27 September 2006

Carefully Carving Cuneiform

Carving Cuneiform

The bottommost portion of the print (see sketch in my last post) will be filled with cuneiform writing. I carved the outline of the area first, did the rough clearing, and then pasted a xerox of the writing onto the block for the fine carving work. This is almost crazy, to carve this, but I want cuneiform writing at the bottom of the print, so carve it I will.
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It is one of man's curious idiosyncrasies to creat difficulties for the pleasure of resolving them. (Joseph deMaistre, 18th century philosopher)

9 comments:

Ellen Shipley said...

This is so much fun. It's like getting the next installment of a story. 8-]

Kris Shanks said...

I'm sure you're wearing your magnifying lenses for this! And I'm so impressed with your carving skills. The quote is particularly apt for any kind of woodblock printmaking.

David Harrison said...

That's wonderful. It reminds me of old tablets in a museum or that book "The Story of Writing". Very mysterious!

Michael Fraley said...

Very beautiful, Annie. It's interesting that you've taken a tablet (or block) with the script marked into it, and you're taking another kind of block completely and carving the script in relief. Re-creation through a completely different technique, which is what I try to do myself (in my own faltering way) from time to time.

Annie B said...

Thanks, everyone. The great thing about working with an archaic language like this is that there are only a handful of people in the world who would be able to recognize the mistakes I made!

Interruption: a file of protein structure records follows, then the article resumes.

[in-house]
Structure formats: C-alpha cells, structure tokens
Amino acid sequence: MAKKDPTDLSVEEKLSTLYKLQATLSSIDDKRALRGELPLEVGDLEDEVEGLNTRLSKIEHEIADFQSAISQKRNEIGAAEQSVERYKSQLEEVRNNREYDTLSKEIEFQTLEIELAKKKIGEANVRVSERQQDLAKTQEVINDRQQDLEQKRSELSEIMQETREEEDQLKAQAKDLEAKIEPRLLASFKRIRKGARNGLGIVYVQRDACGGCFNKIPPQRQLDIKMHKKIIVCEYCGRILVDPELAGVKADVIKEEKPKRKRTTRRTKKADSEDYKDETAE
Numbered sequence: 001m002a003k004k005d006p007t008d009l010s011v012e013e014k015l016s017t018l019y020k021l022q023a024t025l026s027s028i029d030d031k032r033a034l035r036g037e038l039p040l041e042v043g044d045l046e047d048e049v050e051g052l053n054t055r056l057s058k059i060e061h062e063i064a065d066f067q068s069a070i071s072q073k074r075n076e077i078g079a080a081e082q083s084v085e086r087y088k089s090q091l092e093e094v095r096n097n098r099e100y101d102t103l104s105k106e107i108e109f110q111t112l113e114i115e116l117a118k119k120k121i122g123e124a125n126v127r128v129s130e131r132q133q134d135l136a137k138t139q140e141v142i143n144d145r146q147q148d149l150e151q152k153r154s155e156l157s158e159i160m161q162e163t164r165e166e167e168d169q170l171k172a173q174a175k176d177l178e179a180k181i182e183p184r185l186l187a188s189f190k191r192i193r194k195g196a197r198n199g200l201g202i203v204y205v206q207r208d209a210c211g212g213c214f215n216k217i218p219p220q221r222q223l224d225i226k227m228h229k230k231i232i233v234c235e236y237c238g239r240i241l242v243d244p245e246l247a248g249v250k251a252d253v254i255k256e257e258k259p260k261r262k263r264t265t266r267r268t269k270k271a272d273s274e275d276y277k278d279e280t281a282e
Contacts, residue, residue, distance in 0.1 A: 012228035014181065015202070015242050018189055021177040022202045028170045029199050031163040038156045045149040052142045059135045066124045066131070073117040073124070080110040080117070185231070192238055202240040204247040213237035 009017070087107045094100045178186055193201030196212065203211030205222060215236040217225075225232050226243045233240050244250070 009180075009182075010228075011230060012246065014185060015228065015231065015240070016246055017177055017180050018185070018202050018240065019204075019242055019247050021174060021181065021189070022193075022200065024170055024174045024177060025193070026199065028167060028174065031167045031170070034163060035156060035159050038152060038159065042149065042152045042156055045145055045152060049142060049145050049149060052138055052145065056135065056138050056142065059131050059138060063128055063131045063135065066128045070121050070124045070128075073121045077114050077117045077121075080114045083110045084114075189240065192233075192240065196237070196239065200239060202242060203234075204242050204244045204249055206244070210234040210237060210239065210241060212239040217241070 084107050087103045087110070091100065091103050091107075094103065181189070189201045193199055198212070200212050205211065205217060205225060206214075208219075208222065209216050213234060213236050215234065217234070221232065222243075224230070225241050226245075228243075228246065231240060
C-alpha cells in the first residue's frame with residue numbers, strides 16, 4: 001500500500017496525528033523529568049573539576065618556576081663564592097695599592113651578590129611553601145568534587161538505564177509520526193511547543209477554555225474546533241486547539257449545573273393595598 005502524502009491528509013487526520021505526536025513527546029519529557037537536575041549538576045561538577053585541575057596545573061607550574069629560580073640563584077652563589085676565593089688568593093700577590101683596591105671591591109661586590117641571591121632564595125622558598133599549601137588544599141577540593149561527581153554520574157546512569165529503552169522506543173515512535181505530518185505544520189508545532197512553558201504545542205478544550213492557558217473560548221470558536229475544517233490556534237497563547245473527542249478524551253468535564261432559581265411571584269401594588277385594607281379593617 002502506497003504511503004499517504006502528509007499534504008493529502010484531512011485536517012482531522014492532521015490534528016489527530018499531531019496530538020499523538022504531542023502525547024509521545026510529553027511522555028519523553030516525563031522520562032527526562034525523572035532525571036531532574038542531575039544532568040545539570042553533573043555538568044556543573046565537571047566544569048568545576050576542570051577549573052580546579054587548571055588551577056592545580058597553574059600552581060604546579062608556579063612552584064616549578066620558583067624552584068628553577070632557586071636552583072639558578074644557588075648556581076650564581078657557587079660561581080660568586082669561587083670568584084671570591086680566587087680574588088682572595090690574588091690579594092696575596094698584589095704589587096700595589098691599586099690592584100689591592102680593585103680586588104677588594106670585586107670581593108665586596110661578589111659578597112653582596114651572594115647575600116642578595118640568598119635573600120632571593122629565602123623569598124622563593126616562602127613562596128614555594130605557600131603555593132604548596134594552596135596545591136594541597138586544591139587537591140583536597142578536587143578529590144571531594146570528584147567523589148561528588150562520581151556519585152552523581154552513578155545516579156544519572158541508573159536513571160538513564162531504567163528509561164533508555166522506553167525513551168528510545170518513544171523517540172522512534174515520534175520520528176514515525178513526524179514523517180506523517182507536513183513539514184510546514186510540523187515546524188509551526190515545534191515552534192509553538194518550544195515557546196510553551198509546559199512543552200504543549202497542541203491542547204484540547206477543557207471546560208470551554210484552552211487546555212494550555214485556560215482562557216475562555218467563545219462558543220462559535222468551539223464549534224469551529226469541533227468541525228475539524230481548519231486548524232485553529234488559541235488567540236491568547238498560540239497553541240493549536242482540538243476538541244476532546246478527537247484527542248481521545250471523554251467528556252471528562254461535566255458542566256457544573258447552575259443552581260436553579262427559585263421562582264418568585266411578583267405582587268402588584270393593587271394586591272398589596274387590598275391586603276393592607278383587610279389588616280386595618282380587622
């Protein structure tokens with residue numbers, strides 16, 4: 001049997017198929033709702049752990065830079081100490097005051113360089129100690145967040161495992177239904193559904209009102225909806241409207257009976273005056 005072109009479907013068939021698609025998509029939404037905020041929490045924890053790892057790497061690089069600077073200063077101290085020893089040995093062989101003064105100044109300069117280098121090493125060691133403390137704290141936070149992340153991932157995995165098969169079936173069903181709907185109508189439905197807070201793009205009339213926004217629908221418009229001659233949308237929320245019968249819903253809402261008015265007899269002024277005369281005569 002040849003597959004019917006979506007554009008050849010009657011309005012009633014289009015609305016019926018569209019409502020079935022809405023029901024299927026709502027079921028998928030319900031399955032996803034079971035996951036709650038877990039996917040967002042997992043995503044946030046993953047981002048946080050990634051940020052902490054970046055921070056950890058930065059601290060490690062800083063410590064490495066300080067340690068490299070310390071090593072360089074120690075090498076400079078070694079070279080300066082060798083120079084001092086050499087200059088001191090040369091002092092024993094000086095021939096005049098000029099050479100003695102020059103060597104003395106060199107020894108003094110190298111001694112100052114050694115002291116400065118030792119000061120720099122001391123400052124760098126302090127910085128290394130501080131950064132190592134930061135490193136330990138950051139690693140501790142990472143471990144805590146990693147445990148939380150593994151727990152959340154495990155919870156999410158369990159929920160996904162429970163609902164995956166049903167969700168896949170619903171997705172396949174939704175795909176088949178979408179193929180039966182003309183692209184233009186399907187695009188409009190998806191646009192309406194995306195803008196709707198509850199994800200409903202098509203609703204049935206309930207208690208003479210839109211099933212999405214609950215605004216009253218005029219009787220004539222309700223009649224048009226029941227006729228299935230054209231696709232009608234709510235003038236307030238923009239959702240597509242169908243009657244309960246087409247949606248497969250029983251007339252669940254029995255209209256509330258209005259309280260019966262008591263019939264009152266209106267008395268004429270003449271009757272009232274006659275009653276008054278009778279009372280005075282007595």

Beth Zentzis said...

Anne, I don't know if you'll read this comment, as you wrote this post a few months ago, but I am also completely taken by Islamic/Middle Eastern art, architecture and craft. I am curious, because I too wanted to incorporate cuneiform into a piece of work, as to how you used your reference work for your art without worrying about copyright infringement. Or maybe you did and found a free resource. I checked out some sources, and they seem to require a little sum for use, especially for using the image for somethhing I would profit from. I am not trying to be negative, but you are much more experienced in this than I am, so I am curious about how you chose your reference material.

Beth Zentzis said...

Sorry there, Annie! I meant to type "Annie" but left out the "i"... my sister's name is Anne.

Annie B said...

Hi Beth, Thanks for your kind words. It's good to be aware of copyright issues. In the case of the cuneiform, obviously I had to work from references. The photo reference I used came from a museum web site. While the cuneiform itself isn't copyrighted (too old), the photo probably is. I did not request permission to use the photo. Probably if the photographer wanted to take me to court over it they would have a case. Once in court, the issue would be whether or not I had changed the context enough and/or whether or not I have a "fair use" argument for using the photo as reference. I believe that I changed the context enough and I also believe that because my work is social commentary I can claim fair use. It's all pretty complicated, though. The safest approach is to generate all your own photo reference and drawings.

Beth Zentzis said...

Thanks for your post, Annie. I didn't think about the contextual exceptions. My bet too is that since your work is not mass produced for hefty profit, aside from the application difference, there would be virtually zero conflict. And like you said, you're not reproducing the photo itself, and the content of the photo was certainly not created by the photographer. Tricky. Thanks again and I'm relieved that you didn't misinterpret my intent for the question.